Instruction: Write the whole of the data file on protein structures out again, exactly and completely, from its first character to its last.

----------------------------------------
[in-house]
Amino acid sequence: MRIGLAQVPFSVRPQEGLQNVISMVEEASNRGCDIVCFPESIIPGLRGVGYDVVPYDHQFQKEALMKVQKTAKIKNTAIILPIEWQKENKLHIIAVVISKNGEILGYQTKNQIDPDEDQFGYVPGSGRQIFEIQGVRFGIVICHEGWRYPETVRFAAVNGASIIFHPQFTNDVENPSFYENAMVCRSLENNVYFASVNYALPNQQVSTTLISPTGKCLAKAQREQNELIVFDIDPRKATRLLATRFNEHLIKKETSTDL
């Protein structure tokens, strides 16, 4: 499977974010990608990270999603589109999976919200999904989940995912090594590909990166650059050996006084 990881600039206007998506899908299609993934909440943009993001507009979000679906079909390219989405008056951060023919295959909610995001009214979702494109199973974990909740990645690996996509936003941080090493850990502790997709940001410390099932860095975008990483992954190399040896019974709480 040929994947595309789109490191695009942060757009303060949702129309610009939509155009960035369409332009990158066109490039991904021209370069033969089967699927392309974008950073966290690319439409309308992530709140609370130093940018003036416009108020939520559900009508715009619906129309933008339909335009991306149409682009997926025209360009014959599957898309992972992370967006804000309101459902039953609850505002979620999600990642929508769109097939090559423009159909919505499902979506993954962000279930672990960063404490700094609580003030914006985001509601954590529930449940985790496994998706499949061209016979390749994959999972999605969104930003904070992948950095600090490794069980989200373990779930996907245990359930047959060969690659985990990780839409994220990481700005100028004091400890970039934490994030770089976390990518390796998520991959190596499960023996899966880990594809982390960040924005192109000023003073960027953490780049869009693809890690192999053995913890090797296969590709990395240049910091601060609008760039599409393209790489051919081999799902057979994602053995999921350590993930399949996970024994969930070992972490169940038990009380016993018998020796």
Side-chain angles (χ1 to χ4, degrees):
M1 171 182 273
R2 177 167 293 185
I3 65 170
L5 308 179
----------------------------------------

[in-house]
Amino acid sequence: MRIGLAQVPFSVRPQEGLQNVISMVEEASNRGCDIVCFPESIIPGLRGVGYDVVPYDHQFQKEALMKVQKTAKIKNTAIILPIEWQKENKLHIIAVVISKNGEILGYQTKNQIDPDEDQFGYVPGSGRQIFEIQGVRFGIVICHEGWRYPETVRFAAVNGASIIFHPQFTNDVENPSFYENAMVCRSLENNVYFASVNYALPNQQVSTTLISPTGKCLAKAQREQNELIVFDIDPRKATRLLATRFNEHLIKKETSTDL
């Protein structure tokens, strides 16, 4: 499977974010990608990270999603589109999976919200999904989940995912090594590909990166650059050996006084 990881600039206007998506899908299609993934909440943009993001507009979000679906079909390219989405008056951060023919295959909610995001009214979702494109199973974990909740990645690996996509936003941080090493850990502790997709940001410390099932860095975008990483992954190399040896019974709480 040929994947595309789109490191695009942060757009303060949702129309610009939509155009960035369409332009990158066109490039991904021209370069033969089967699927392309974008950073966290690319439409309308992530709140609370130093940018003036416009108020939520559900009508715009619906129309933008339909335009991306149409682009997926025209360009014959599957898309992972992370967006804000309101459902039953609850505002979620999600990642929508769109097939090559423009159909919505499902979506993954962000279930672990960063404490700094609580003030914006985001509601954590529930449940985790496994998706499949061209016979390749994959999972999605969104930003904070992948950095600090490794069980989200373990779930996907245990359930047959060969690659985990990780839409994220990481700005100028004091400890970039934490994030770089976390990518390796998520991959190596499960023996899966880990594809982390960040924005192109000023003073960027953490780049869009693809890690192999053995913890090797296969590709990395240049910091601060609008760039599409393209790489051919081999799902057979994602053995999921350590993930399949996970024994969930070992972490169940038990009380016993018998020796």
Side-chain angles (χ1 to χ4, degrees):
M1 171 182 273
R2 177 167 293 185
I3 65 170
L5 308 179